Ever argued with your better half and wondered why you both have such different recolllections of a past event? Deep down you know that your version is the truth…..or is it?
We are unfortunately not nearly as good at recollection as we like to believe. As Elizabeth Loftus’s says in her Ted talk on false memories(find this at the bottom of the post): “We can’t reliably distinguish true memories from false memories,”
Yet, much of the research we conduct day to day relies upon recollection of events, feelings, and interactions in order to respond to questions. Survey monkey have shown that surveys are answered when people have time - not when they are most relevant.
Daniel L. Schacter termed these recollection errors “The Seven Sins of Memory”:
The accessibility of memory and facts, decrease predictably, and exponentially over time. Hwemann Ebbinghaus, a German psychologist, tested his memory over time by trying to remember meaningless syllables, such as “CYB”, “SEH”, etc. He discovered that information is forgotten exponentially, more than 50% in under an hour.
Considerations for insight: Make sure that action specific research (such as purchase behaviour) is conducted as close to, if not at, the moment of truth. Talk to purchasers as they stand in the shopping isles & consumers as they actually use your product.
2. Absent Mindedness
If you’re like me, you often times get those mini-heart attacks when you don’t find your phone in the pocket.
Fergus and Robert discovered that the “level-of-processing” which describes recollection of a memory is a function of the depth of mental processing. That is, if you listen to information (shallow processing) your mind will store a fleeting memory which is susceptible to omission. Conversely, if you understand the essence of words i.e. by teaching (deep processing) these past moments are more durable.
Considerations for insight: Consider this in Brand recollection. We recently helped on a piece for a major transport company, where 20 people were asked to name all the transport brands they could think of. 90% did not mention the brand in question
We then asked these 20 people, if they had in fact heard of X brand. 90% had. This piece of simple, but powerful insight video was key to a rebrand underway.
Considerations for insight: Blocking is difficult to avoid, though video will capture the emotions through expression and tone of voice, even if words don’t come naturally.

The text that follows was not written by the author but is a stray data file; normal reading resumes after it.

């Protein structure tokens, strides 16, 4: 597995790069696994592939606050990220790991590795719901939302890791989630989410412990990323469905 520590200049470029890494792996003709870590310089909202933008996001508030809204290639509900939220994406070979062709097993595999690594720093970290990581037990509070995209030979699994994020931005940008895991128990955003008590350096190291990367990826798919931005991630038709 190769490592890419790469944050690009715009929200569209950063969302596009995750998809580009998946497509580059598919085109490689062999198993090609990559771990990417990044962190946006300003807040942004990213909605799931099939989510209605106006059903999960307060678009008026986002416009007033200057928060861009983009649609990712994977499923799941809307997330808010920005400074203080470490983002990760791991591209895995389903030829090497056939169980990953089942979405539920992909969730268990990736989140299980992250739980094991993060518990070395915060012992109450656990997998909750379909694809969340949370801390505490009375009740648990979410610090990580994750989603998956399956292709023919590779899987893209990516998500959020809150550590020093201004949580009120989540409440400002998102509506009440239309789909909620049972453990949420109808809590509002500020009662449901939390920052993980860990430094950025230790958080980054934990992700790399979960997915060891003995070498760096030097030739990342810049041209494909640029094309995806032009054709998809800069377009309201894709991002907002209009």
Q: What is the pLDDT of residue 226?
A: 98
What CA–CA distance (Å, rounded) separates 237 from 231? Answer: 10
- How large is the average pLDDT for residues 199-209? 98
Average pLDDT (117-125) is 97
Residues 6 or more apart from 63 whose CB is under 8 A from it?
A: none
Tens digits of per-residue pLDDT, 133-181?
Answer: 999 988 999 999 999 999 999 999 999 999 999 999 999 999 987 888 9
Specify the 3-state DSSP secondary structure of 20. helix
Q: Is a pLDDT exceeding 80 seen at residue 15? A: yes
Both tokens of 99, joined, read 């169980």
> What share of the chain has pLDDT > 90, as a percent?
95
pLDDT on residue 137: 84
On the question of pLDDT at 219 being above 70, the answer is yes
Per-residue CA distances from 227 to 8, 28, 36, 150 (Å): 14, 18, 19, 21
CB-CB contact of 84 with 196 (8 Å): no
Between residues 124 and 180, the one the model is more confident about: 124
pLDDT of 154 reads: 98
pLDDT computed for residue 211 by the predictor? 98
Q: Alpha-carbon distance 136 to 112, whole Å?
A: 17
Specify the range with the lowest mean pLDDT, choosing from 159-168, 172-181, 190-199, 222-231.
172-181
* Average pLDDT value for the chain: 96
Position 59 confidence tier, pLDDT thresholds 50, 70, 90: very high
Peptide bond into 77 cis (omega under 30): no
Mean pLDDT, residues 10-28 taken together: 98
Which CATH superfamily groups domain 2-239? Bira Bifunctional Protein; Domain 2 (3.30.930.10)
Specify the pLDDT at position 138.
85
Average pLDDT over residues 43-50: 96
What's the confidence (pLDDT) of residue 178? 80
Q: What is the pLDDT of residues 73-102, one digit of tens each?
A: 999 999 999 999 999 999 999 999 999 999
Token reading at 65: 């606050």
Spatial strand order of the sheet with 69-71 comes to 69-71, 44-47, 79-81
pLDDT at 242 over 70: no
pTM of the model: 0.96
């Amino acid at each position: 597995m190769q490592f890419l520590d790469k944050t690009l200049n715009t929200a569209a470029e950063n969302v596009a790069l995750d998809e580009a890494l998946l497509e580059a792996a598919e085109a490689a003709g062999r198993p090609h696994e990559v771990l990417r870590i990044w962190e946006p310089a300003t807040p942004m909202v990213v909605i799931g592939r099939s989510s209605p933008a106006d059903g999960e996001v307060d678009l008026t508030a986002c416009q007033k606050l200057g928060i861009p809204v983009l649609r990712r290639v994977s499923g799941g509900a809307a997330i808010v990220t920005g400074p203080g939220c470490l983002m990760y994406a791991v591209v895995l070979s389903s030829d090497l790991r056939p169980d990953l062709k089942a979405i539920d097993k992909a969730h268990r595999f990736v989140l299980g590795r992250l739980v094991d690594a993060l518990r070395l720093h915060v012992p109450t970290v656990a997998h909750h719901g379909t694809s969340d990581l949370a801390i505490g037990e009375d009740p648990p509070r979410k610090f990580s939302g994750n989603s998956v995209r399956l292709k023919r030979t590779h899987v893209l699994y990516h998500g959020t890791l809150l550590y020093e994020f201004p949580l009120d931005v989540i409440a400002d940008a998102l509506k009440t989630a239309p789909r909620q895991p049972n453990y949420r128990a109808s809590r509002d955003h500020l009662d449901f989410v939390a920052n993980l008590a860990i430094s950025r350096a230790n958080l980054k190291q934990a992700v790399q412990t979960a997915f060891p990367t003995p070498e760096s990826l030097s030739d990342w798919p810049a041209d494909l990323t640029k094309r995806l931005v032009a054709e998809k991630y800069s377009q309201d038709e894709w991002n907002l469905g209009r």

A very common recollection failure is attributing an event or an idea with a source different to the original.
In 1975, an Australian psychologist, Donald M. Thompson, was accused of raping a woman and leaving her unconscious. However, his alibi, the current assistant commissioner of police, testified that the professor was on a TV Broadcast. It seemed that the victim had been watching Thomson on television just prior to being attacked. She had then confused his face with that of her attacker.
Another interesting consequence of misattribution might be déjà vu experiences. Dr. Michio Kaku,provides two possible explanations of déjà vu in this video, misattribution, or parallel universes (that just went from 0 to 100 pretty quick).
Considerations for insight: Many brands and experiences can be similar, so be sure respondents are recollecting the correct brand experience. We have seen this multiple times in FMCG, where respondents confuse a brand they are talking about with the one they are often holding (in the case of FMCG).
The easiest way to understand suggestibility is to consider how hypnotists can plant incredible false memories into people's heads, such as the “lost in the mall” technique. One of the important things to note about these false memories is that they produce vivid visual images.
Considerations for insight: Advertising can, and does create false memories by reinforcing favourable experiences with brands. This is great for brand recognition, but not necessarily the actual experience.
Storage and retrieval of memories are highly dependent on pre-existing knowledge and beliefs and are being constantly affected by present mood and emotional state.
An experiment conducted by Gregory B. Markus of University of Michigan asked people, their views on an array of social issues, including legalization of marijuana, equality for women, and minority provisions.
9 years later, the respondents were asked their same opinions - half were re-shown their original answers, half were not. Those shown original answers gave responses far closer to the original points of view (see phsycological biases to commitment & consistency) Robert Cialdini
Considerations for insight: Oh so many. In terms of research, be aware how much of an impact time and place makes on answers. When at point of purchase in the mall, we are biased by mood, advertisements, display, time of day and more.
Persistence (or if you want to sound way more cleverer….the hyperaccessibilty of suppressed thoughts) occur when recalling negative past events and experiences, and how different people reflect upon these. For instance, its been shown that people with depression tend to remember more negative autobiographical moments and interactions than positive people.
As Daniel M. Wegner and Ralph Erber put it, “The thoughts people are most desperate to suppress can come to mind at precisely at the point of highest stress and produce the very thought and behaviour that the suppression was enlisted to avoid.”
Considerations for insight: Understand that different personality types will recall different percentages of positive and or negativity. At the moment of truth however, emotion is hard to hide on camera.
Focus on the moment
Think "Moment of truth" and seek to conduct your research around this. If using video, ask respondents to go shopping on camera, visiting bars and try samples. We guarantee the quality of insight you get at these moments will be rewarding.